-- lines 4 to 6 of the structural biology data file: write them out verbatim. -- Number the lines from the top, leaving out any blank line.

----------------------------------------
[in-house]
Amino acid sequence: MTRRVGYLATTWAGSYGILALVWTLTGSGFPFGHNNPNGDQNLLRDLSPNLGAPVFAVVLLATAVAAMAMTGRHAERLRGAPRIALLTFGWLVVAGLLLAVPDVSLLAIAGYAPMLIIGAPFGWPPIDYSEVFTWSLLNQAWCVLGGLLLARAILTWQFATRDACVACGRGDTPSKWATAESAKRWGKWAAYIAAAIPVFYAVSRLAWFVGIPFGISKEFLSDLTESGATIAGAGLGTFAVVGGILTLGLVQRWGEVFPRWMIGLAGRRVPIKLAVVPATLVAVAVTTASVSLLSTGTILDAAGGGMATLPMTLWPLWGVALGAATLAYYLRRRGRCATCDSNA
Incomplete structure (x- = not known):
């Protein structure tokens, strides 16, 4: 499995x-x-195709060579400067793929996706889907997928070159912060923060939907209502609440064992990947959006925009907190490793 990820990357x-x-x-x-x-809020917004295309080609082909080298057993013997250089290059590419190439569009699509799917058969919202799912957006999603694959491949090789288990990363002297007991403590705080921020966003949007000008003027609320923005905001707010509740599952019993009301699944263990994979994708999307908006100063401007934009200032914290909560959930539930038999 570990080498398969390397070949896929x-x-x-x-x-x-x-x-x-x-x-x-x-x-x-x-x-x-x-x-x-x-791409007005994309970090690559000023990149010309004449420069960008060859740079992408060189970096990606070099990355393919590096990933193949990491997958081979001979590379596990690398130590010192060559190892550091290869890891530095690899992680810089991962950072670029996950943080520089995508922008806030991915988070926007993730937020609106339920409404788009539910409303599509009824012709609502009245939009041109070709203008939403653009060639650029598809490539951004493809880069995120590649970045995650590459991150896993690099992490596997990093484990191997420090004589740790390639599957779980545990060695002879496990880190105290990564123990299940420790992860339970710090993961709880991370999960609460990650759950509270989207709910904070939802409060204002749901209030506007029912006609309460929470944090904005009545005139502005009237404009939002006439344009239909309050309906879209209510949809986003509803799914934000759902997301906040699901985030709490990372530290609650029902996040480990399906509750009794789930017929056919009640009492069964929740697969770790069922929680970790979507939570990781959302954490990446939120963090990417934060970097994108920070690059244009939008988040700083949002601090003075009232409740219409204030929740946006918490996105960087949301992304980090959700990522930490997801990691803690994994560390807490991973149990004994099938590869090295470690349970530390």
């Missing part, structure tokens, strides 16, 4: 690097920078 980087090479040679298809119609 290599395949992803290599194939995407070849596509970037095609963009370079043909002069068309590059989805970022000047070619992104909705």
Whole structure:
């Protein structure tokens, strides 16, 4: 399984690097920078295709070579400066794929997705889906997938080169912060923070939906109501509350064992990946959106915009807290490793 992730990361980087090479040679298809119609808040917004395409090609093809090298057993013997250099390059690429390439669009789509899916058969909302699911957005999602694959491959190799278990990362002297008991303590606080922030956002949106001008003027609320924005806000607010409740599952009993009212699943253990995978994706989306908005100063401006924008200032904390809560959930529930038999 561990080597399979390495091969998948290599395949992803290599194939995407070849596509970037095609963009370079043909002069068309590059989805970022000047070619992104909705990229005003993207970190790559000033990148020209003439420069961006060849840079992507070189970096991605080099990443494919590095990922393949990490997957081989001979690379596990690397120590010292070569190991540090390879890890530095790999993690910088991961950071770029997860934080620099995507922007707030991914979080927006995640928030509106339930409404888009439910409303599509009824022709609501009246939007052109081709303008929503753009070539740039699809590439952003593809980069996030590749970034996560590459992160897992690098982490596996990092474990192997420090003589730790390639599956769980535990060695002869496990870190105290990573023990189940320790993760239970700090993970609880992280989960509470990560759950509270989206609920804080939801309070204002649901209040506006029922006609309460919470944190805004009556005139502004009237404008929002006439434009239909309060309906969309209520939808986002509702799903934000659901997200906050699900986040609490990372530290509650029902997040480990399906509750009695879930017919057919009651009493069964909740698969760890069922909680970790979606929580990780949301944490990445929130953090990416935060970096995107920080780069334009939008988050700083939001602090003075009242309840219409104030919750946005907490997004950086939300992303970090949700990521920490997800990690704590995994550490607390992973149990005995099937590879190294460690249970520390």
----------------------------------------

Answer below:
């Protein structure tokens, strides 16, 4: 499995x-x-195709060579400067793929996706889907997928070159912060923060939907209502609440064992990947959006925009907190490793 990820990357x-x-x-x-x-809020917004295309080609082909080298057993013997250089290059590419190439569009699509799917058969919202799912957006999603694959491949090789288990990363002297007991403590705080921020966003949007000008003027609320923005905001707010509740599952019993009301699944263990994979994708999307908006100063401007934009200032914290909560959930539930038999 570990080498398969390397070949896929x-x-x-x-x-x-x-x-x-x-x-x-x-x-x-x-x-x-x-x-x-x-791409007005994309970090690559000023990149010309004449420069960008060859740079992408060189970096990606070099990355393919590096990933193949990491997958081979001979590379596990690398130590010192060559190892550091290869890891530095690899992680810089991962950072670029996950943080520089995508922008806030991915988070926007993730937020609106339920409404788009539910409303599509009824012709609502009245939009041109070709203008939403653009060639650029598809490539951004493809880069995120590649970045995650590459991150896993690099992490596997990093484990191997420090004589740790390639599957779980545990060695002879496990880190105290990564123990299940420790992860339970710090993961709880991370999960609460990650759950509270989207709910904070939802409060204002749901209030506007029912006609309460929470944090904005009545005139502005009237404009939002006439344009239909309050309906879209209510949809986003509803799914934000759902997301906040699901985030709490990372530290609650029902996040480990399906509750009794789930017929056919009640009492069964929740697969770790069922929680970790979507939570990781959302954490990446939120963090990417934060970097994108920070690059244009939008988040700083949002601090003075009232409740219409204030929740946006918490996105960087949301992304980090959700990522930490997801990691803690994994560390807490991973149990004994099938590869090295470690349970530390």
């Missing part, structure tokens, strides 16, 4: 690097920078 980087090479040679298809119609 290599395949992803290599194939995407070849596509970037095609963009370079043909002069068309590059989805970022000047070619992104909705």
Whole structure: